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Icahn: Yahoo Should Sell to Microsoft for $48.7 Billion

Carl Icahn Friday told Yahoo that it should offer to sell the company to Microsoft for $34.375 per share, or about $48.7 billion, as the financier fired another volley in an acrimonious war of words.

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Stevelyon
Yahoo Center

In his latest letter to Roy Bostock, Yahoo's chairman, Icahn said that if Microsoft doesn't accept the offer "in a friendly and cooperative transaction," he would push the Internet company to do a deal with Google if he wins control of the Yahoo board.

Icahn, who is running a dissident slate to replace Yahoo's board at its annual meeting on Aug. 1, hadn't previously named a price at which he believes Yahoo should agree to a sale.

Microsoft on May 3 walked away from a $33 per share, or $47.5 billion offer, after Yahoo demanded $37 a share.

Yahoo shares were recently trading up 17 cents to $26.52.

Icahn, a billionaire veteran of numerous shareholder campaigns, renewed his attack on Yahoo and its co-founder Jerry Yang, who he accused of "sabotaging" the possibility of a deal with Microsoft.

Investment funds controlled by Icahn hold about 59 million shares and options, or about 4.28 percent of the company.

"When the public owns shares, management can no longer treat the company as their plaything and fiefdom," Icahn said in an interview.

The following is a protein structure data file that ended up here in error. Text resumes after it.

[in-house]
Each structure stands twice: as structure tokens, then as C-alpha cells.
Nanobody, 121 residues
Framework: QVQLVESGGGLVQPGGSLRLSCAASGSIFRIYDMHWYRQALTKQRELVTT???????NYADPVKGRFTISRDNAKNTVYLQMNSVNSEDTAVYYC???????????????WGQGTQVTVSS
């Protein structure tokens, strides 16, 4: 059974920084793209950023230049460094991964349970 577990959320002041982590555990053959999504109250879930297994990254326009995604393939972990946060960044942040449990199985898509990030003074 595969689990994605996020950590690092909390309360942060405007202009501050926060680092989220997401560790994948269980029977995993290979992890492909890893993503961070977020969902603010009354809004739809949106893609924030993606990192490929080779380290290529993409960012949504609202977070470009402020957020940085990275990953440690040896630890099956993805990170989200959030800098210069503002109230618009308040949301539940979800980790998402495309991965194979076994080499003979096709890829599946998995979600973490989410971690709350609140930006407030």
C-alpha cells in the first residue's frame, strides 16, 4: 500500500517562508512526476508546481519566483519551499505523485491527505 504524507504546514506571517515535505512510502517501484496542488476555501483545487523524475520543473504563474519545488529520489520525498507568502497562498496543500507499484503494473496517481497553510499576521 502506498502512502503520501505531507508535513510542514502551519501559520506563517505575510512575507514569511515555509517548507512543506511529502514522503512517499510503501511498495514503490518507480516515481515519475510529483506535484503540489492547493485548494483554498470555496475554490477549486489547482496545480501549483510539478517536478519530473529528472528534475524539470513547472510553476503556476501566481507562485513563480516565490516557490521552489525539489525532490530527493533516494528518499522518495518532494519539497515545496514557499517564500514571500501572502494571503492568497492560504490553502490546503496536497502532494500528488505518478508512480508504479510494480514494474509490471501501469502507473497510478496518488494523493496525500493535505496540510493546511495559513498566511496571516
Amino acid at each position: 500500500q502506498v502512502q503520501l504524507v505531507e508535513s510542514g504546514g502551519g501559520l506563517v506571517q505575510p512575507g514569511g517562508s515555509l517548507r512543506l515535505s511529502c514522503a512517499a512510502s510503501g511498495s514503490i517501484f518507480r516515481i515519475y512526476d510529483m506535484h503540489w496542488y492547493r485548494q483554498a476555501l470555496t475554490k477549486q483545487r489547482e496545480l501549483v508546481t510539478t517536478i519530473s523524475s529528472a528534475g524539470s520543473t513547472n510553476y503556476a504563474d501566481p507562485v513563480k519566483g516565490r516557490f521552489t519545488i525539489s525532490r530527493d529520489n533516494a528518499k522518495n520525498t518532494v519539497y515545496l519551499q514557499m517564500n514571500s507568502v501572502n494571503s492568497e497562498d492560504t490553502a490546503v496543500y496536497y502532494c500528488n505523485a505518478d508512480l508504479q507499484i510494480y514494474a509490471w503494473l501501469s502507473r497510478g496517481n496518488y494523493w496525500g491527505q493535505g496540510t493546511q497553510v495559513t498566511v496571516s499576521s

"They now are trustees and employees, which transforms into fiduciaries." Icahn reiterated his previous demand that Yahoo cancel a "change of control" severance plan that awards accelerated benefits to the bulk of Yahoo's staff in the event of a takeover.

Icahn cited a recent shareholder lawsuit against Yahoo, where the company estimated the value of the plan at "a staggering $2.4 billion," which he said is "a major obstacle" to any Microsoft acquisition.

"They keep telling us that they have done this severance plan in order to aid the employees," said Icahn. "But just the opposite is true, because they neglected to tell us that Microsoft set aside $1.5 billion which would benefit the employees," said Icahn.

He said Microsoft's plan benefits employees if they remain at the company, while Yahoo's plan gives them an incentive to leave.

Yahoo, in response, said Icahn has an "inaccurate interpretation" of its employee retention plan but didn't elaborate. "Mr. Icahn's suggestion that we cancel our retention plan would have a destabilizing impact on Yahoo," it said.

It also said Icahn has no "credible plan to operate Yahoo" if he wins his proxy campaign.

It reiterated that it is "open to any transaction including a sale to Microsoft if it is in the best interests of shareholders," but said it would be "ill advised" to name a price that it might be willing to accept.

Microsoft declined to comment.

"In my opinion, Microsoft does not believe you will ever sell the entire company on a friendly basis," said Icahn in his letter. "So why don't you stop dancing around the subject and publicly offer to sell the company to Microsoft for $34.375 per share and promise to cooperate completely?"

Icahn declined to say whether he has held discussions with Microsoft or Google.